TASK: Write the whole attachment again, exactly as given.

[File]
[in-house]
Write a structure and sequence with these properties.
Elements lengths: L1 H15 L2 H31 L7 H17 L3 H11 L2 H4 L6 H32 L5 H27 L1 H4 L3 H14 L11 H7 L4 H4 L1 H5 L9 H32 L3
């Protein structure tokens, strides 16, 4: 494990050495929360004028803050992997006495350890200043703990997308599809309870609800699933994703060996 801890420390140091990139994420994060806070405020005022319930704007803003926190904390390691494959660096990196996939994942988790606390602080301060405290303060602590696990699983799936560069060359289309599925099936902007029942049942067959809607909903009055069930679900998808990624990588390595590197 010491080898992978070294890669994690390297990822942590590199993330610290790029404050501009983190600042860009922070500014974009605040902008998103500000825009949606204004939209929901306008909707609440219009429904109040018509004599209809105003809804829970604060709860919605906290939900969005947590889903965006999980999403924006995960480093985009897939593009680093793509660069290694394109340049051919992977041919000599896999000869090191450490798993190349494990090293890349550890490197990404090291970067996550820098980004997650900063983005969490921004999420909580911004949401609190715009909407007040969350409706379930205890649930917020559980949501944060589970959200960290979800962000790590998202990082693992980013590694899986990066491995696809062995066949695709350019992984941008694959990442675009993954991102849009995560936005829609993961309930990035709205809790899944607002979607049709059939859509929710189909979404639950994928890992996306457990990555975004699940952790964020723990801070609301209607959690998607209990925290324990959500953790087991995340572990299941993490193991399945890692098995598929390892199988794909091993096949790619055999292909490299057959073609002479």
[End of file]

[in-house]
Write a structure and sequence with these properties.
Elements lengths: L1 H15 L2 H31 L7 H17 L3 H11 L2 H4 L6 H32 L5 H27 L1 H4 L3 H14 L11 H7 L4 H4 L1 H5 L9 H32 L3
């Protein structure tokens, strides 16, 4: 494990050495929360004028803050992997006495350890200043703990997308599809309870609800699933994703060996 801890420390140091990139994420994060806070405020005022319930704007803003926190904390390691494959660096990196996939994942988790606390602080301060405290303060602590696990699983799936560069060359289309599925099936902007029942049942067959809607909903009055069930679900998808990624990588390595590197 010491080898992978070294890669994690390297990822942590590199993330610290790029404050501009983190600042860009922070500014974009605040902008998103500000825009949606204004939209929901306008909707609440219009429904109040018509004599209809105003809804829970604060709860919605906290939900969005947590889903965006999980999403924006995960480093985009897939593009680093793509660069290694394109340049051919992977041919000599896999000869090191450490798993190349494990090293890349550890490197990404090291970067996550820098980004997650900063983005969490921004999420909580911004949401609190715009909407007040969350409706379930205890649930917020559980949501944060589970959200960290979800962000790590998202990082693992980013590694899986990066491995696809062995066949695709350019992984941008694959990442675009993954991102849009995560936005829609993961309930990035709205809790899944607002979607049709059939859509929710189909979404639950994928890992996306457990990555975004699940952790964020723990801070609301209607959690998607209990925290324990959500953790087991995340572990299941993490193991399945890692098995598929390892199988794909091993096949790619055999292909490299057959073609002479």